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Digital Publishing: Having a Powerful Impact on the Next Generation

  |  July 18, 2014   |  Comments

As the length of content shrinks down even further, we are changing the way we consume content and learn. What does this mean for marketers and what really is the best type of content to produce?

A recent three-part series about the impact of digital screens on our youth was published in the Deseret News National. In it was one statement that made me take notice. The comment was from a psychologist named Jim Taylor who said, "A child's brain is very malleable and they will adapt to whatever kind of stimulation they're exposed to. If they're exposed to, for example, little bits of information, that's the way they will learn to predominantly process information."

This got me thinking. When publishing moved from print into our currently digital world, our stories moved from long-form to a variety of lengths based on the ingestion point. And with popularity of Twitter, Instagram, and Pinterest, we have migrated even further from long stories to short blurbs to 140 characters and even extending to photos to pins. As wearables launch and gain popularity, this will change/shrink content even further. What does this mean for the way the new generations will learn to learn? Are we building a beast we will not be able to control by shortening content bursts?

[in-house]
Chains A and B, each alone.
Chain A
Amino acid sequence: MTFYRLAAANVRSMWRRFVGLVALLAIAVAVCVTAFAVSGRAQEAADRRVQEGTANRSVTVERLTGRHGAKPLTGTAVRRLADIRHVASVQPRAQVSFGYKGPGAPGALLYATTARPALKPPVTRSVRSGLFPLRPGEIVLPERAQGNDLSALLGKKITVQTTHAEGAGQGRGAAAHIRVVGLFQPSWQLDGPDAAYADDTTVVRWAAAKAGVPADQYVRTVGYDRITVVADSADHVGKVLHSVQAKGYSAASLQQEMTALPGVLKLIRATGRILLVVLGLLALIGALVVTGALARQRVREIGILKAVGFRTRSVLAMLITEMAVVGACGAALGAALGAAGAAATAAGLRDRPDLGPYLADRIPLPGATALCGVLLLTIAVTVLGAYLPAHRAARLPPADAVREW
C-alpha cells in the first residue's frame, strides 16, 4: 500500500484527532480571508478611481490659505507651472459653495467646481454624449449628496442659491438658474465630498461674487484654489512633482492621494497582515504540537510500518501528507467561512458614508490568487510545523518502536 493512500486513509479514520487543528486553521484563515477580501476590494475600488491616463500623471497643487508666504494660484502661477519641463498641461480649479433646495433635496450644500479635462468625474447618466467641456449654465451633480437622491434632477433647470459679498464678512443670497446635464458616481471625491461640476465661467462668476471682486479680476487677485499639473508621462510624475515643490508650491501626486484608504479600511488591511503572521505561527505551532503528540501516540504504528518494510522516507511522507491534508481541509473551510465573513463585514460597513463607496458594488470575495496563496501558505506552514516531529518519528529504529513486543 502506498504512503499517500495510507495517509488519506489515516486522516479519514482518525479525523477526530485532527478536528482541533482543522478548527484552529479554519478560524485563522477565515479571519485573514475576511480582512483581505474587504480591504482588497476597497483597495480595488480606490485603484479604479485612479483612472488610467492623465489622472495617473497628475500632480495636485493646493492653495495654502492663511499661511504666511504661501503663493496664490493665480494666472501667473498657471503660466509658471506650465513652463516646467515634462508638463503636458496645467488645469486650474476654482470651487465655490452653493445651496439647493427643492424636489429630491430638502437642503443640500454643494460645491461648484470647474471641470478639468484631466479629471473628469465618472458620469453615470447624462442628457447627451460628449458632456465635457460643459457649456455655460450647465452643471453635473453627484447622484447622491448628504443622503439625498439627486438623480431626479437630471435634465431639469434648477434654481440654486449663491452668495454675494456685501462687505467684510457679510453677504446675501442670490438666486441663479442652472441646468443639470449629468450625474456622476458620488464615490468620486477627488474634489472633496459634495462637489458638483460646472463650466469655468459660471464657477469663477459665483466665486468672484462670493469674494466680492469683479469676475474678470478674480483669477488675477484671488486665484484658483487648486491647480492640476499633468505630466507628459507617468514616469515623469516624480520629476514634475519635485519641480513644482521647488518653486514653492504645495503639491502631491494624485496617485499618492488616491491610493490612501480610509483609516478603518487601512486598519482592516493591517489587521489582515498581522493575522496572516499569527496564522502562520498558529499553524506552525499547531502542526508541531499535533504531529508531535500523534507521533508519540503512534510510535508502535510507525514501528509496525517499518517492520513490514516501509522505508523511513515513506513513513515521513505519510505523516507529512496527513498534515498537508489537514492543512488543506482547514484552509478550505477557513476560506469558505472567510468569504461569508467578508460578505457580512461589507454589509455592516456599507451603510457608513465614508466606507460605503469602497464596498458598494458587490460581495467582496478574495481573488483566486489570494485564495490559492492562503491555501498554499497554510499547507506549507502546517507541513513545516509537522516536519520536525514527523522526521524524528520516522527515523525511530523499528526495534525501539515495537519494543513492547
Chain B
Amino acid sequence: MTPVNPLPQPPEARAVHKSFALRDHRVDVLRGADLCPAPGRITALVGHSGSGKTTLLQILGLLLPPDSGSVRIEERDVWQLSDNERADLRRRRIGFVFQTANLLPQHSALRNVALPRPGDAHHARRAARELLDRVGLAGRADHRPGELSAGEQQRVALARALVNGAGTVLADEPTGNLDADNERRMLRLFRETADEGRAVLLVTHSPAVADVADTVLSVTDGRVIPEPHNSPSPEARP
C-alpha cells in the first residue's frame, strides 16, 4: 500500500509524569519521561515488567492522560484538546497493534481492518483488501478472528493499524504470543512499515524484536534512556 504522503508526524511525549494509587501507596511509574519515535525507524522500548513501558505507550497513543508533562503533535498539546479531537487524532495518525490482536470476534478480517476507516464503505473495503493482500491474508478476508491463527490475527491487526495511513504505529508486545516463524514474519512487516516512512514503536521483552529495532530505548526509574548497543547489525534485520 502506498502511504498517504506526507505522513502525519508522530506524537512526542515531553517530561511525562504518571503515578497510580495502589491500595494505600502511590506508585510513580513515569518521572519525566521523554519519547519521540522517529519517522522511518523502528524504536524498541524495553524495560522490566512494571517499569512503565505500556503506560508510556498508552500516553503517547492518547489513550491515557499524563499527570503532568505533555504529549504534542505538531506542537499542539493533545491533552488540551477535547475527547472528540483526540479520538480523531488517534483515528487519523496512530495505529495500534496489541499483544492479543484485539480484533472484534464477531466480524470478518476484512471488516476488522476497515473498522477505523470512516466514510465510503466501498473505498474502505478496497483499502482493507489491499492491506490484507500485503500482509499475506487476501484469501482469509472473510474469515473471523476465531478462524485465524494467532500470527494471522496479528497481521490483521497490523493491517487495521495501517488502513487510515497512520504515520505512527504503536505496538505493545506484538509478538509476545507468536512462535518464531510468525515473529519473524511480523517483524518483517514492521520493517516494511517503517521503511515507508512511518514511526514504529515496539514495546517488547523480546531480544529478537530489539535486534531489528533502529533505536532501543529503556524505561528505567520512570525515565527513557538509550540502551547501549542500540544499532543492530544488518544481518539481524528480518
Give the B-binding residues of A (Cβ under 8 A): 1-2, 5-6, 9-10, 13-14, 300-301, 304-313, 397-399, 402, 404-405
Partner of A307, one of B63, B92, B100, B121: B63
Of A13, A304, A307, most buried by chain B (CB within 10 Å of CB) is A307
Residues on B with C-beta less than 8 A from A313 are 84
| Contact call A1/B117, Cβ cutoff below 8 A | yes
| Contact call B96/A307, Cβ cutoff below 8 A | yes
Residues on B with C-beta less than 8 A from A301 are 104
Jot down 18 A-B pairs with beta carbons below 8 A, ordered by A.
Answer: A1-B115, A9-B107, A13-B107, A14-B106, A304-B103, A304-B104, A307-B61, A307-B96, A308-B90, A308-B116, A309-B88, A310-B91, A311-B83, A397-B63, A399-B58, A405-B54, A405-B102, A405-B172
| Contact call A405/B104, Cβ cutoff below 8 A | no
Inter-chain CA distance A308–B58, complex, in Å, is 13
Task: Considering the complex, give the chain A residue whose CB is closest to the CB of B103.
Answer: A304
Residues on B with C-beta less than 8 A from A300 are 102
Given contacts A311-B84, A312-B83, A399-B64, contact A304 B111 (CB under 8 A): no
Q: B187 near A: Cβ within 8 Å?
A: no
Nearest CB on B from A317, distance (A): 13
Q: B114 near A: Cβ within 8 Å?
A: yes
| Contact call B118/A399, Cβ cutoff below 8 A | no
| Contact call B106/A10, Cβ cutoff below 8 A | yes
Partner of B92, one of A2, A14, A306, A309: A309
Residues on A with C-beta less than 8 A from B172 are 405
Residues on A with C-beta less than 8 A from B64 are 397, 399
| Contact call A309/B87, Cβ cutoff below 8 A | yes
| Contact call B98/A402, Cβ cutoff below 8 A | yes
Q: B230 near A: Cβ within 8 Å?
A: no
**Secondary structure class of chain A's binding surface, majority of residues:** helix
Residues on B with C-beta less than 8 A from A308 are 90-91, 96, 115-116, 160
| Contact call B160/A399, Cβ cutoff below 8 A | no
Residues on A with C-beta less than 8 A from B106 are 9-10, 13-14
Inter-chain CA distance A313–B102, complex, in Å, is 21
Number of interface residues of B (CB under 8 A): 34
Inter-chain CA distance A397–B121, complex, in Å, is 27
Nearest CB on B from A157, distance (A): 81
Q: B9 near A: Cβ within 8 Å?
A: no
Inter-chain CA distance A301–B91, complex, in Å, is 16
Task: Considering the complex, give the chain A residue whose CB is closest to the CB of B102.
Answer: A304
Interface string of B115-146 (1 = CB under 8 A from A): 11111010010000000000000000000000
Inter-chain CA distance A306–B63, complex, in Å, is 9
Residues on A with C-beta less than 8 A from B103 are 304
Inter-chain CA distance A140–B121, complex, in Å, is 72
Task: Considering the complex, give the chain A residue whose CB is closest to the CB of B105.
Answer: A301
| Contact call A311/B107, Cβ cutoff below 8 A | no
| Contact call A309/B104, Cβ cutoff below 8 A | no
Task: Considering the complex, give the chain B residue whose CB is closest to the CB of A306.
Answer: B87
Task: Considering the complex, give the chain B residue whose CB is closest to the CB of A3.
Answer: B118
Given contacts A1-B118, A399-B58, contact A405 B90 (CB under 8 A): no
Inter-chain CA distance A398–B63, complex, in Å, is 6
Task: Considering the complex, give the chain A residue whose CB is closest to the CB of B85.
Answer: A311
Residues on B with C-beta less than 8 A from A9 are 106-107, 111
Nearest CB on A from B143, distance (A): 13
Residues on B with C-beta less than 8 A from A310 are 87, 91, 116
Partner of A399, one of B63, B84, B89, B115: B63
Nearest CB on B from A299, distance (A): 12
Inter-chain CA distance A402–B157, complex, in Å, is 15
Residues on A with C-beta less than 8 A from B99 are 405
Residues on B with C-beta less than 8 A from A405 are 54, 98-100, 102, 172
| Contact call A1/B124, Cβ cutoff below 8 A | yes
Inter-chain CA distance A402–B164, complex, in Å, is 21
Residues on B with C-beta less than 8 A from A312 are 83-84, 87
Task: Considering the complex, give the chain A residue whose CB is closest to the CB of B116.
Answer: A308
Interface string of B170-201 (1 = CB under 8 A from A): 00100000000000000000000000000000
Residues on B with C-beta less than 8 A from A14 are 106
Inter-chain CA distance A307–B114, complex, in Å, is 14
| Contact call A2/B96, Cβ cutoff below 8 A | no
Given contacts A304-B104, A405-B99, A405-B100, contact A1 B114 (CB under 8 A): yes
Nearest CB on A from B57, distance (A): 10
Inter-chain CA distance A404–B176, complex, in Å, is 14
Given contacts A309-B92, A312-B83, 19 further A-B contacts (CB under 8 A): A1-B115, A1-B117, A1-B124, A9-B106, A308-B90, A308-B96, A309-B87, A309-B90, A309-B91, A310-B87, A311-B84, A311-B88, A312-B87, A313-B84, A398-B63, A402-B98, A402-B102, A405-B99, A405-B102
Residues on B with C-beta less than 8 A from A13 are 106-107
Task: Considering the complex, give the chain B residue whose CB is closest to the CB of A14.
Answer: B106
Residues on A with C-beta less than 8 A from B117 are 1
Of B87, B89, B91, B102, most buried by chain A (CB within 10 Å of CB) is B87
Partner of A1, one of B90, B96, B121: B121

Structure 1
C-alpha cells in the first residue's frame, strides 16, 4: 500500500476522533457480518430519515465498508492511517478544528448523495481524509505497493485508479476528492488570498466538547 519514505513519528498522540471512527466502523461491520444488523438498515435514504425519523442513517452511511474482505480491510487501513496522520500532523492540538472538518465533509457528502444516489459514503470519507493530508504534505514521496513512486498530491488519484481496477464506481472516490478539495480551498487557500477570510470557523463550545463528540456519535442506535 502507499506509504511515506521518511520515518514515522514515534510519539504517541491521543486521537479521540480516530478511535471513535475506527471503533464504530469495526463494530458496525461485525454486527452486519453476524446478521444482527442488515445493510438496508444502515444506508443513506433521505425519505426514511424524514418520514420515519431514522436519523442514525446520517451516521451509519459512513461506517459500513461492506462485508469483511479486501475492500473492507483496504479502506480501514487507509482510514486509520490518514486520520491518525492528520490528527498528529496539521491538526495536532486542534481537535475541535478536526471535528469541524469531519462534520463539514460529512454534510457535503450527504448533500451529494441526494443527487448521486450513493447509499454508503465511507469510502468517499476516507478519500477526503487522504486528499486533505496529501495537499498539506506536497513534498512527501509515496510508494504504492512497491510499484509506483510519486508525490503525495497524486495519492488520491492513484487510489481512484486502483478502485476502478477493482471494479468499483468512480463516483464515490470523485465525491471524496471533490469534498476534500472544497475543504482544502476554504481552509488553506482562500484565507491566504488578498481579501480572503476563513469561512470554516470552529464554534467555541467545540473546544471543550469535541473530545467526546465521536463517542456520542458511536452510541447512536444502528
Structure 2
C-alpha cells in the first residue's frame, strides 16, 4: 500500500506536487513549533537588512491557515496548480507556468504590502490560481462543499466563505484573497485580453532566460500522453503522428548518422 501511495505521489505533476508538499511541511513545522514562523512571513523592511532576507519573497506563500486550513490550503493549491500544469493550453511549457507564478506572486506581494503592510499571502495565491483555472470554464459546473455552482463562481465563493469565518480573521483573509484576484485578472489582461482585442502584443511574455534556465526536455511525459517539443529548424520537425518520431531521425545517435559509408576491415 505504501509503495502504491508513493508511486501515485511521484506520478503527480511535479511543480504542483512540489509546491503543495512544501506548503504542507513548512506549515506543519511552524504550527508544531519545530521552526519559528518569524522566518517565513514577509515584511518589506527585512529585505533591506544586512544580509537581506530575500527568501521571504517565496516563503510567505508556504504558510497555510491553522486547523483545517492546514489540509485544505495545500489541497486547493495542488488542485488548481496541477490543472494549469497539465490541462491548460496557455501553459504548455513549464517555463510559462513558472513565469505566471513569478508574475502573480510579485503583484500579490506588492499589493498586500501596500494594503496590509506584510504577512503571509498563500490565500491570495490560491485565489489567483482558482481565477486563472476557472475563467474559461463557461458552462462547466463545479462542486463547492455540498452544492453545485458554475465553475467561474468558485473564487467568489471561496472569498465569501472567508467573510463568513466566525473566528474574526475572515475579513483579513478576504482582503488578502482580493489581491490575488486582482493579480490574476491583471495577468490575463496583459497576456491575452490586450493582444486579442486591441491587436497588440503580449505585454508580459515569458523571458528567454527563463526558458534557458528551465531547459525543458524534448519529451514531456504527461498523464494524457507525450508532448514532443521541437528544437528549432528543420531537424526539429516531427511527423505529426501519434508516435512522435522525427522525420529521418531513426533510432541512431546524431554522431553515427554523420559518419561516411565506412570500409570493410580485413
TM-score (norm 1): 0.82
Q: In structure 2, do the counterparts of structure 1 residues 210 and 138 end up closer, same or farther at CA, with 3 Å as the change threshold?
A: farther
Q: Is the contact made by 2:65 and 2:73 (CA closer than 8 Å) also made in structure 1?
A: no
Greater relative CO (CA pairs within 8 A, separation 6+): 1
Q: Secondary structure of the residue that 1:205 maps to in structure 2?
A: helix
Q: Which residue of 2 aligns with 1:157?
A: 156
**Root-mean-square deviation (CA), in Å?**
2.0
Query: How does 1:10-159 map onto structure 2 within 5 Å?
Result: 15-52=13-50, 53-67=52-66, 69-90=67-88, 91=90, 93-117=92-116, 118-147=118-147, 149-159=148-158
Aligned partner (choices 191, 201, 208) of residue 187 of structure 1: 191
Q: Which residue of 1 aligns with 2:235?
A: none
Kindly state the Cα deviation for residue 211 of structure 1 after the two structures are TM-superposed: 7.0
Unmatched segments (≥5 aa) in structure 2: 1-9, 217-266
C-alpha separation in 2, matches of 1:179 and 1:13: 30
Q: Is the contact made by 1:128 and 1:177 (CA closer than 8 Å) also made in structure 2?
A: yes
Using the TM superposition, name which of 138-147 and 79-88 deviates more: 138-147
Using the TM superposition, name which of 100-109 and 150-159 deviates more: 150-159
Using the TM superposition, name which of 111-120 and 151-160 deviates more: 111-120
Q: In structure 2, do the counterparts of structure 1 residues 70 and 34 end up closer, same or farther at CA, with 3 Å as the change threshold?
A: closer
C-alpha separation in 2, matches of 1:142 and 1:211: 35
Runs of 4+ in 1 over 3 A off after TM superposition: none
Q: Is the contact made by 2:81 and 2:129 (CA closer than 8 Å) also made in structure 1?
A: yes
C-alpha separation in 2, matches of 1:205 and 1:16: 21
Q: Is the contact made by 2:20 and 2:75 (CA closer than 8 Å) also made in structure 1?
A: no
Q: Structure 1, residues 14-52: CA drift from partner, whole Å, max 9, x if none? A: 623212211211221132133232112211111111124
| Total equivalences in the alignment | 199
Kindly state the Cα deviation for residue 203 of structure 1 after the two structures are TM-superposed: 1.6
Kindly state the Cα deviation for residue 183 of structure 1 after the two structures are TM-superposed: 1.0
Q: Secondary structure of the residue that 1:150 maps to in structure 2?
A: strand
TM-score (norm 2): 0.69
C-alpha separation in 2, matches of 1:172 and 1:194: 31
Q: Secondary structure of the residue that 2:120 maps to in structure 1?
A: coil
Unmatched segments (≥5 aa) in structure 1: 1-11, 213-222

It's an interesting question that is frequently debated by content marketing experts around the globe. Some of the most educated minds around actually recommend creating content in a variety of sizes and formats in order to achieve the desired results in the most seamless manner.

Arnie Kuenn, president of Vertical Measures, has specific standards for the various sizes and lengths of content, based on where it is published. You can read his opinion here.

Neil Patel of Quick Sprout busts content length myths and even brings Seth Godin's style into the mix in his data-driven article.

And even Salma Jafri, president of WordPL shares a take on this. Her opinions are shaped by SEO opportunities and Google's support. This is an interesting take on the subject.

In the end, you will need to make up your mind on the length of your content, and your distribution strategies. But remember, within five years, the decisions you make today could have a significant impact on how you are training the brains of the future for content consumption tomorrow.

Image via Shutterstock.


Jeanniey Mullen

Jeanniey Mullen is the vice president of marketing at NOOK by Barnes and Noble, focused on business growth and customer acquisition. 

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